FBI Takes Stance Against Companies Paying Ransomware Fee to Recover Encrypted Files

fbi never pay ransomware stanceSometimes, authorities tend to flip flop on their ideals and later take a stronger stance based on future findings of a certain situation. Such has taken place when it comes to the FBI and their recent position on Ransomware, where they are now suggesting that companies should not pay the ransom fee to get their data back.

We recently published a piece on why you shouldn't pay a ransomware fee to get your data back. Within the publication, we revealed many reasons as to why paying the ransom fee on systems that have been infected with a destructive encryption-type threat is not a good idea. While many of those reasons make perfect sense, the FBI is just now adhering to them in their latest advisory to companies that may be afflicted with recent ransomware threats.

During October of 2015, the FBI's Assistant Special Agent in Chart of their Cyber and Counterintelligence Program, Joseph Bonavolonta, disclosed details about how the FBI is into handling ransomware. The disclosure hinted that companies should pay the ransom fee in the case of their systems being infected with crypto-ransomware to get their data back. At the time, the FBI drew a bit of criticism and overreaction to the FBI's idea of encouraging companies to pay cybercrooks money to get their data back.

As it turns out, the latest update on the FBI's stance on ransomware is that they are NOT recommending that companies pay the ransom fee. The strong stance comes fresh off of the heels of the FBI questioning Bonavolonta's statements, which did not sit well with officials at the FBI.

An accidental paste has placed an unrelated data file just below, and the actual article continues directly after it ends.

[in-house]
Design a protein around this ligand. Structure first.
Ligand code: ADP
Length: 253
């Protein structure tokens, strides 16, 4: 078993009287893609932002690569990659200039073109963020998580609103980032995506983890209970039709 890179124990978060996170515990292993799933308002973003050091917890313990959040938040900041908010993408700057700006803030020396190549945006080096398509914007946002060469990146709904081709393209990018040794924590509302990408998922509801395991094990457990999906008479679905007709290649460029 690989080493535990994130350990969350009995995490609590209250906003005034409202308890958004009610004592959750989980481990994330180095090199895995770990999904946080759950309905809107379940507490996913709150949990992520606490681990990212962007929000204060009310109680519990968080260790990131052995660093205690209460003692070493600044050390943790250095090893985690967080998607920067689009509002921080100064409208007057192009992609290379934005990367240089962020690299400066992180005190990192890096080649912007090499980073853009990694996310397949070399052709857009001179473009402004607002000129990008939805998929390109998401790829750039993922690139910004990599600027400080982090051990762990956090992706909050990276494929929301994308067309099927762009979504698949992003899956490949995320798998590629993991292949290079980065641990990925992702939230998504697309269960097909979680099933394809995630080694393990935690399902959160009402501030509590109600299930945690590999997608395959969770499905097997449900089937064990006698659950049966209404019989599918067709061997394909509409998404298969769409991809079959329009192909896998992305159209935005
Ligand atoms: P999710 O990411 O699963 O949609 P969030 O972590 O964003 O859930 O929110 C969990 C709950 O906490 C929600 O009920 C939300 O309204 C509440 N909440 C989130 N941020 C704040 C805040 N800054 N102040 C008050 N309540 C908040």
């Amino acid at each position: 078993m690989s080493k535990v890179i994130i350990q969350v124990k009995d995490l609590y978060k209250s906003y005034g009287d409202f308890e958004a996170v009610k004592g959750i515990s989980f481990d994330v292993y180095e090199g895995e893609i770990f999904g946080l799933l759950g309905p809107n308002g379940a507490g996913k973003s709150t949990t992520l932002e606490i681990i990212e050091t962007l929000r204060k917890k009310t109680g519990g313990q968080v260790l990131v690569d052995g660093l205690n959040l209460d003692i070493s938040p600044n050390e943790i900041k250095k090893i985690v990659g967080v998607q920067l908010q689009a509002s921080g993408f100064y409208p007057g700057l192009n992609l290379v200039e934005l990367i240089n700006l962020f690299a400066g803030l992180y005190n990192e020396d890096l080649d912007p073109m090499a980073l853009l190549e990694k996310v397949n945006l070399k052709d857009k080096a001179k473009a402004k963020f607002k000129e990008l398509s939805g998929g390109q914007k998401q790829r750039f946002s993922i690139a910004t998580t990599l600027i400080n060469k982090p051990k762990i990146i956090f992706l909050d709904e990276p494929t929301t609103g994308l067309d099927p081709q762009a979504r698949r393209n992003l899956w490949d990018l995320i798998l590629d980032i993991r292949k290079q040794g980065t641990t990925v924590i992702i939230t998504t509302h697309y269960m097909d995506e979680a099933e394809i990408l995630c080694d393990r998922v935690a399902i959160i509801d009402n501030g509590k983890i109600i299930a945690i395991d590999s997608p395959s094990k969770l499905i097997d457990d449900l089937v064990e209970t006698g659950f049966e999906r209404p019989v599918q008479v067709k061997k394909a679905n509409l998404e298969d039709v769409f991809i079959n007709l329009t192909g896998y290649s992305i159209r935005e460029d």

There is no question as to how severe recent encryption ransomware threats have been where they hold an infected system for a ransom fee sometimes amounting to over $1000. If ever an authority as well-known as the FBI makes a suggestion to companies, they usually listen. Unfortunately, the FBI's original suggestion to companies when it comes to dealing with ransomware threats was hastily made. Because of that, the FBI has recanted the stance made by Mr. Bonavolonta and is now strongly urging companies not to pay the ransom fee as a solution to ransomware threats that have taken hold of infected computers through file encryption.

Deputy Assistant Director of the FBI's Cyber Division, Donald J. Good, responded to the recent issue clearly stating, "The FBI does not advise victims on whether or not to pay the ransom." He also added that "The FBI advises that the use of backup files is an effective way to minimize the impact of ransomware and that implementing computer security best practices is the most effective way to prevent ransomware infections."

In the response letter from Mr. Good at the FBI, he also made it clear on their stance and suggestion when all precautions have been taken to combat ransomware that the victim's alternative is the pay the ransom. However, he mentions that the decision is ultimately the victim's choice alone.

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